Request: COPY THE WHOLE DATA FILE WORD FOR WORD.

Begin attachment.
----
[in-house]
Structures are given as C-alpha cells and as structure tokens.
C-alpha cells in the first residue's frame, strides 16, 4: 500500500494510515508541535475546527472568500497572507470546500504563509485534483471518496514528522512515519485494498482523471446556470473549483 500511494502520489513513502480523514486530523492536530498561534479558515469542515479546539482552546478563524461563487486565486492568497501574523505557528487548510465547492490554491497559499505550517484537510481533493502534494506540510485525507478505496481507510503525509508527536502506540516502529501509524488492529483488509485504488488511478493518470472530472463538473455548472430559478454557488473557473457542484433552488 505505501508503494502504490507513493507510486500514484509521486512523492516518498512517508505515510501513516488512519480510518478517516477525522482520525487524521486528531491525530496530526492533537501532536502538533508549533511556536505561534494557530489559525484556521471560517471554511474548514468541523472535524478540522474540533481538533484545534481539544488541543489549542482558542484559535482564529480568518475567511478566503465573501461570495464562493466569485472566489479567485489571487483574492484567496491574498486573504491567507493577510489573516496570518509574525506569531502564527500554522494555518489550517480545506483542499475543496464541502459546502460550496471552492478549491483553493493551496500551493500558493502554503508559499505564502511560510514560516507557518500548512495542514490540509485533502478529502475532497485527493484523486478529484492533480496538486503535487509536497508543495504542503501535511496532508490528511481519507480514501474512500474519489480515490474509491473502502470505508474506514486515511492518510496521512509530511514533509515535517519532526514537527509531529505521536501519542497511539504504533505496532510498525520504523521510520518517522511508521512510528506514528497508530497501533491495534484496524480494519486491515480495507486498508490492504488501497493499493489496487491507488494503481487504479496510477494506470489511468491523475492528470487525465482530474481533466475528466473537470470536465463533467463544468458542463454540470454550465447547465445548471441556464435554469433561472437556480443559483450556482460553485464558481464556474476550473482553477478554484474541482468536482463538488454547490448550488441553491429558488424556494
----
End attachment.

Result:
[in-house]
Structures are given as C-alpha cells and as structure tokens.
C-alpha cells in the first residue's frame, strides 16, 4: 500500500494510515508541535475546527472568500497572507470546500504563509485534483471518496514528522512515519485494498482523471446556470473549483 500511494502520489513513502480523514486530523492536530498561534479558515469542515479546539482552546478563524461563487486565486492568497501574523505557528487548510465547492490554491497559499505550517484537510481533493502534494506540510485525507478505496481507510503525509508527536502506540516502529501509524488492529483488509485504488488511478493518470472530472463538473455548472430559478454557488473557473457542484433552488 505505501508503494502504490507513493507510486500514484509521486512523492516518498512517508505515510501513516488512519480510518478517516477525522482520525487524521486528531491525530496530526492533537501532536502538533508549533511556536505561534494557530489559525484556521471560517471554511474548514468541523472535524478540522474540533481538533484545534481539544488541543489549542482558542484559535482564529480568518475567511478566503465573501461570495464562493466569485472566489479567485489571487483574492484567496491574498486573504491567507493577510489573516496570518509574525506569531502564527500554522494555518489550517480545506483542499475543496464541502459546502460550496471552492478549491483553493493551496500551493500558493502554503508559499505564502511560510514560516507557518500548512495542514490540509485533502478529502475532497485527493484523486478529484492533480496538486503535487509536497508543495504542503501535511496532508490528511481519507480514501474512500474519489480515490474509491473502502470505508474506514486515511492518510496521512509530511514533509515535517519532526514537527509531529505521536501519542497511539504504533505496532510498525520504523521510520518517522511508521512510528506514528497508530497501533491495534484496524480494519486491515480495507486498508490492504488501497493499493489496487491507488494503481487504479496510477494506470489511468491523475492528470487525465482530474481533466475528466473537470470536465463533467463544468458542463454540470454550465447547465445548471441556464435554469433561472437556480443559483450556482460553485464558481464556474476550473482553477478554484474541482468536482463538488454547490448550488441553491429558488424556494